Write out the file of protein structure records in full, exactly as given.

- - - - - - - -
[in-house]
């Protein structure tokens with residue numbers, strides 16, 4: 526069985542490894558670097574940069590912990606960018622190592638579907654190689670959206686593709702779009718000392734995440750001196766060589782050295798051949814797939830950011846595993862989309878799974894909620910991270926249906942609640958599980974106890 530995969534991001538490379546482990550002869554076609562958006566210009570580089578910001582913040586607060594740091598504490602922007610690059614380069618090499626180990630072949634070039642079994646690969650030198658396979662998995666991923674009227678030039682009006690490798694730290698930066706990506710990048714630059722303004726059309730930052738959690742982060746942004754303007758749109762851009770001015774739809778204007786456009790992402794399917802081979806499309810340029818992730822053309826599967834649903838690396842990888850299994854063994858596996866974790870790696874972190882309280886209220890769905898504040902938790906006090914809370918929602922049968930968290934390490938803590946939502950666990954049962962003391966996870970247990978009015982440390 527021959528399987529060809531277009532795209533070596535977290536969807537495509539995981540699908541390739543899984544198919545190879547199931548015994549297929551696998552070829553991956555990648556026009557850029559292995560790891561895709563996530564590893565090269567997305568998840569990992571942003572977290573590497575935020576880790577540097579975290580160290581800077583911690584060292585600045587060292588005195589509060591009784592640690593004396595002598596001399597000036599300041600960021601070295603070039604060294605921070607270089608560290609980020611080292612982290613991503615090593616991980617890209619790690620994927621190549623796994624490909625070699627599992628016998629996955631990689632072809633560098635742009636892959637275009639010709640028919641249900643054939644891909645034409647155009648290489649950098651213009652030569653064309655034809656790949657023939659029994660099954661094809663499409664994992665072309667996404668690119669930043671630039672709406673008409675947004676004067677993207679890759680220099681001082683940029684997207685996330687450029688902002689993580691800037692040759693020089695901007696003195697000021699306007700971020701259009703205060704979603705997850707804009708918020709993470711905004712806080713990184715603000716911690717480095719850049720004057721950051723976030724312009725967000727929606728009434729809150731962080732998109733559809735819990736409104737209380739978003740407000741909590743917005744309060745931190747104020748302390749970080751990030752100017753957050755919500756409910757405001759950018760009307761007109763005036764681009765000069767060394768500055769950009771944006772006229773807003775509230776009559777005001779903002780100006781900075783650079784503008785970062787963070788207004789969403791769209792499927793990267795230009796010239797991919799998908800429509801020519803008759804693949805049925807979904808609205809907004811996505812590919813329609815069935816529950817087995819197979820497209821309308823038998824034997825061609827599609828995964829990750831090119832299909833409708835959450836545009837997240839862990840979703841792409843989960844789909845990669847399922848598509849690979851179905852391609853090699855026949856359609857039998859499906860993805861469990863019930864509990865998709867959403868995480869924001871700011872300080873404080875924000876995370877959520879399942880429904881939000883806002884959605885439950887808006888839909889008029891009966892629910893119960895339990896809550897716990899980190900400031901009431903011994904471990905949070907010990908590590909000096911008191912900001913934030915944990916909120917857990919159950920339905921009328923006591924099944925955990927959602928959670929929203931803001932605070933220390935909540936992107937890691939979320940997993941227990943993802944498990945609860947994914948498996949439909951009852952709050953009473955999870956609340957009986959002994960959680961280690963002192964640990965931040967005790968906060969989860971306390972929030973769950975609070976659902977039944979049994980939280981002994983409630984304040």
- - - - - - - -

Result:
[in-house]
């Protein structure tokens with residue numbers, strides 16, 4: 526069985542490894558670097574940069590912990606960018622190592638579907654190689670959206686593709702779009718000392734995440750001196766060589782050295798051949814797939830950011846595993862989309878799974894909620910991270926249906942609640958599980974106890 530995969534991001538490379546482990550002869554076609562958006566210009570580089578910001582913040586607060594740091598504490602922007610690059614380069618090499626180990630072949634070039642079994646690969650030198658396979662998995666991923674009227678030039682009006690490798694730290698930066706990506710990048714630059722303004726059309730930052738959690742982060746942004754303007758749109762851009770001015774739809778204007786456009790992402794399917802081979806499309810340029818992730822053309826599967834649903838690396842990888850299994854063994858596996866974790870790696874972190882309280886209220890769905898504040902938790906006090914809370918929602922049968930968290934390490938803590946939502950666990954049962962003391966996870970247990978009015982440390 527021959528399987529060809531277009532795209533070596535977290536969807537495509539995981540699908541390739543899984544198919545190879547199931548015994549297929551696998552070829553991956555990648556026009557850029559292995560790891561895709563996530564590893565090269567997305568998840569990992571942003572977290573590497575935020576880790577540097579975290580160290581800077583911690584060292585600045587060292588005195589509060591009784592640690593004396595002598596001399597000036599300041600960021601070295603070039604060294605921070607270089608560290609980020611080292612982290613991503615090593616991980617890209619790690620994927621190549623796994624490909625070699627599992628016998629996955631990689632072809633560098635742009636892959637275009639010709640028919641249900643054939644891909645034409647155009648290489649950098651213009652030569653064309655034809656790949657023939659029994660099954661094809663499409664994992665072309667996404668690119669930043671630039672709406673008409675947004676004067677993207679890759680220099681001082683940029684997207685996330687450029688902002689993580691800037692040759693020089695901007696003195697000021699306007700971020701259009703205060704979603705997850707804009708918020709993470711905004712806080713990184715603000716911690717480095719850049720004057721950051723976030724312009725967000727929606728009434729809150731962080732998109733559809735819990736409104737209380739978003740407000741909590743917005744309060745931190747104020748302390749970080751990030752100017753957050755919500756409910757405001759950018760009307761007109763005036764681009765000069767060394768500055769950009771944006772006229773807003775509230776009559777005001779903002780100006781900075783650079784503008785970062787963070788207004789969403791769209792499927793990267795230009796010239797991919799998908800429509801020519803008759804693949805049925807979904808609205809907004811996505812590919813329609815069935816529950817087995819197979820497209821309308823038998824034997825061609827599609828995964829990750831090119832299909833409708835959450836545009837997240839862990840979703841792409843989960844789909845990669847399922848598509849690979851179905852391609853090699855026949856359609857039998859499906860993805861469990863019930864509990865998709867959403868995480869924001871700011872300080873404080875924000876995370877959520879399942880429904881939000883806002884959605885439950887808006888839909889008029891009966892629910893119960895339990896809550897716990899980190900400031901009431903011994904471990905949070907010990908590590909000096911008191912900001913934030915944990916909120917857990919159950920339905921009328923006591924099944925955990927959602928959670929929203931803001932605070933220390935909540936992107937890691939979320940997993941227990943993802944498990945609860947994914948498996949439909951009852952709050953009473955999870956609340957009986959002994960959680961280690963002192964640990965931040967005790968906060969989860971306390972929030973769950975609070976659902977039944979049994980939280981002994983409630984304040």